They say that industrial engineers can succeed in both good times and bad. So why should their building be any different? NC State ISE finally has a new home. It took almost 20 years and required passing two bond referendums, a recession, a few name changes and a pandemic. But, today, the new home of the NC State ISE Department stands tall. Located on Centennial Campus, Fitts-Woolard Hall provides the space, facilities and resources the ISE Department needs to continue growing and creating the next generation of world-class industrial engineers.
It all started in November of 2000. The people of North Carolina passed the Higher Education Improvement bond. This bond provided more than $468 million for the renovation and construction of new buildings at NC State. With the passage of the bond referendum, NC State’s College of Engineering now had the means for relocating to Centennial Campus, taking advantage of the physical space and superior power infrastructure..
A NEW HOME FOR ENGINEERING
In 2002, the College set its plans in motion. Ground was broken for the first of five planned buildings, Engineering Building I. One year after EBI was finished, construction started on the second building, Engineering Building II. Hey, at NC State, we make great buildings, not great building names. In 2007, work began on the third building, and it looked as if nothing could stop the plan to move the entire College.
However, when the Great Recession hit in 2008, funding dried up. The State of North Carolina limited the amount of money given to NC State through the bonds. EB III was able to be finished by 2011 despite this, but because of the changes in funding, NC State had to delay the first plans for Engineering Building IV — the future home of ISE — and Engineering Building V.
Once the economy began to recover, the College returned its focus to finishing its move to Centennial Campus. In 2014, NC State made creating a new engineering building its top priority. The University created a plan to raise private funds for constructing this new building while lobbying for the state to fund half of the $150 million. In 2016, North Carolinians voted once again to pass an education bond. The Connect NC Bond ensured $77 million to build the new engineering building, then renamed Engineering Building Oval instead of Engineering Building IV. NC State allocated $17 million to the project but needed more from private donations to begin construction.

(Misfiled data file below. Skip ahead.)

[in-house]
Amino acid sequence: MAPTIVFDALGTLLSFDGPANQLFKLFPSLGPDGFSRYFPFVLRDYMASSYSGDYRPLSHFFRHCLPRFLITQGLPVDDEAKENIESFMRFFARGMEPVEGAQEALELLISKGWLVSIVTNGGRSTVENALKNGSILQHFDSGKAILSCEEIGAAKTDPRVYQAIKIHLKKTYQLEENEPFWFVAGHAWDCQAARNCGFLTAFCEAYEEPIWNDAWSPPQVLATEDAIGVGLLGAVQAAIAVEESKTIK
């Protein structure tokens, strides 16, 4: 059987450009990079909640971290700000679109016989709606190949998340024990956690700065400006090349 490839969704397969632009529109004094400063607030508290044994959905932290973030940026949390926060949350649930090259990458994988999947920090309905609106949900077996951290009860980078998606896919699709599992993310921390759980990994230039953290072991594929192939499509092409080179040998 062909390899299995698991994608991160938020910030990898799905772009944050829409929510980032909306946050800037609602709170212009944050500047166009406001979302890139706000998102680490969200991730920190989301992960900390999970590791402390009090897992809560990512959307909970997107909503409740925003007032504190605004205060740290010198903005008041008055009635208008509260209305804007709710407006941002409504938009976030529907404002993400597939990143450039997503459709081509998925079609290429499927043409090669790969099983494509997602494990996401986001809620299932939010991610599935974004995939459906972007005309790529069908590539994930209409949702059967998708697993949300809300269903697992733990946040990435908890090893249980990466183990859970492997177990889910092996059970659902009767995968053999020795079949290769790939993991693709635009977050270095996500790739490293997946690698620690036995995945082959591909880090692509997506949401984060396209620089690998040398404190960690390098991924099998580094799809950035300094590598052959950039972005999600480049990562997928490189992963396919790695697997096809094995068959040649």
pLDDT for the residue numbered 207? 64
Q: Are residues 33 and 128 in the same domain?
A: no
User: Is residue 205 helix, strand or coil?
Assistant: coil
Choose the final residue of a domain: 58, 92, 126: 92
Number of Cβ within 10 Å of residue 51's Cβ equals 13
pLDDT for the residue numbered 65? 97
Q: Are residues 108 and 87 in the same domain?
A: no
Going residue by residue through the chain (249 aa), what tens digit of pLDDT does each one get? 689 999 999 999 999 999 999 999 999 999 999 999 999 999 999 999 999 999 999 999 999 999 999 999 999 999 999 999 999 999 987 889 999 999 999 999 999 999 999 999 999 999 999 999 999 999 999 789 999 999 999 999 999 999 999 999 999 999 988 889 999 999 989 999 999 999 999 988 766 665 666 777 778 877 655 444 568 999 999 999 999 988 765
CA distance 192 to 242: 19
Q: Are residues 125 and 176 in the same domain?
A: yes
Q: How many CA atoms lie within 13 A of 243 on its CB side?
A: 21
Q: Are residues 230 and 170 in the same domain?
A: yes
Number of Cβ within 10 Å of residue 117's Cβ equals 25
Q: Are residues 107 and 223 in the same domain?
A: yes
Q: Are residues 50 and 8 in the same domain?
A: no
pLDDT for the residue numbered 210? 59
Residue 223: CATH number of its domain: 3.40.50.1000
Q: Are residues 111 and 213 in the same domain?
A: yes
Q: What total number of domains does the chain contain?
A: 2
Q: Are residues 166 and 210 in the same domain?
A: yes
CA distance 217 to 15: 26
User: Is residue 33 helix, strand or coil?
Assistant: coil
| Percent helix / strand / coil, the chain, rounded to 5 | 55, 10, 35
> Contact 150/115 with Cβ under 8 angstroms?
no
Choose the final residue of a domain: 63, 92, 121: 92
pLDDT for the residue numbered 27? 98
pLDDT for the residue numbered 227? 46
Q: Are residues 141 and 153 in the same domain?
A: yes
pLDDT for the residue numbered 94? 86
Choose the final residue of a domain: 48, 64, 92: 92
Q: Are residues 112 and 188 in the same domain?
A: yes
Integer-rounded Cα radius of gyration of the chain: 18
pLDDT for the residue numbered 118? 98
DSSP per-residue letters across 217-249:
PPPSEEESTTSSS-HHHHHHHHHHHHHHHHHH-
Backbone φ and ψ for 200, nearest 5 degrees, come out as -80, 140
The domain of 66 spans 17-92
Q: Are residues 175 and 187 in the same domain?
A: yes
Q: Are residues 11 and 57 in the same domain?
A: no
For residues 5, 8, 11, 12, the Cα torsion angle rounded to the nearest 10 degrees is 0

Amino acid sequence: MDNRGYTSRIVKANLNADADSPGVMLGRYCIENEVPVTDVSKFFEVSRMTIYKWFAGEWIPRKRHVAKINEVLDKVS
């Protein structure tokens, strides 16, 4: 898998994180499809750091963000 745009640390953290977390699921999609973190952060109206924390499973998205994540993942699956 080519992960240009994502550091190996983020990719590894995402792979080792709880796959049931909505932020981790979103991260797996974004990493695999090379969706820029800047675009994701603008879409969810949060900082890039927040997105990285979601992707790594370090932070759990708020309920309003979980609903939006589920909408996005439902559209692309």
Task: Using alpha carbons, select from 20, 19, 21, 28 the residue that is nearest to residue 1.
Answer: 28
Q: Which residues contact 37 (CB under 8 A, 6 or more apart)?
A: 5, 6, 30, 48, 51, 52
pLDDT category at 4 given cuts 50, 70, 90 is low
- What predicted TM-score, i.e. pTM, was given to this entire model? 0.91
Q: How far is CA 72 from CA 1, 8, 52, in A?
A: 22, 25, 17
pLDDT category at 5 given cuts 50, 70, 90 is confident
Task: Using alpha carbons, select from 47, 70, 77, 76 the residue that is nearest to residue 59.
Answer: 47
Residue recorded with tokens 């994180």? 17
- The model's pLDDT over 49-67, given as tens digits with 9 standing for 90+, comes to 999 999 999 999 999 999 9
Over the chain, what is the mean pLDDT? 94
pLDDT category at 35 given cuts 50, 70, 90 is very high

The College of Engineering and NC State began holding fundraisers to help pay for Engineering Building Oval. This new building would be the future home of the Edward P. Fitts Department of Industrial and Systems Engineering (ISE), the Department of Civil, Construction and Environmental Engineering and the Dean’s Office.
That’s when ISE alumni Edward P. Fitts, Jr. and Edgar S. Woolard, Jr (affectionately known as “The Eds”) donated $25 million to the project. Thanks to their generous gift in 2018, construction on the newly dubbed Fitts-Woolard Hall began.
THE NEW HOME OF ISE
The move into Fitts-Woolard Hall was on the books for July 13th, 2020, and in March of 2020, everything was right on track. But the COVID-19 pandemic had other plans. Although the construction of the building stayed on schedule, other parts of the project fell behind. With the shelter in place order came delays in receiving furniture and other essential materials. These delays pushed the opening back to fall 2020. Today, Fitts-Woolard Hall, like the people it shelters, stands ready and shows it can succeed through the good times and the bad. It is a world-class facility that welcomes the next generations of NC State industrial engineers.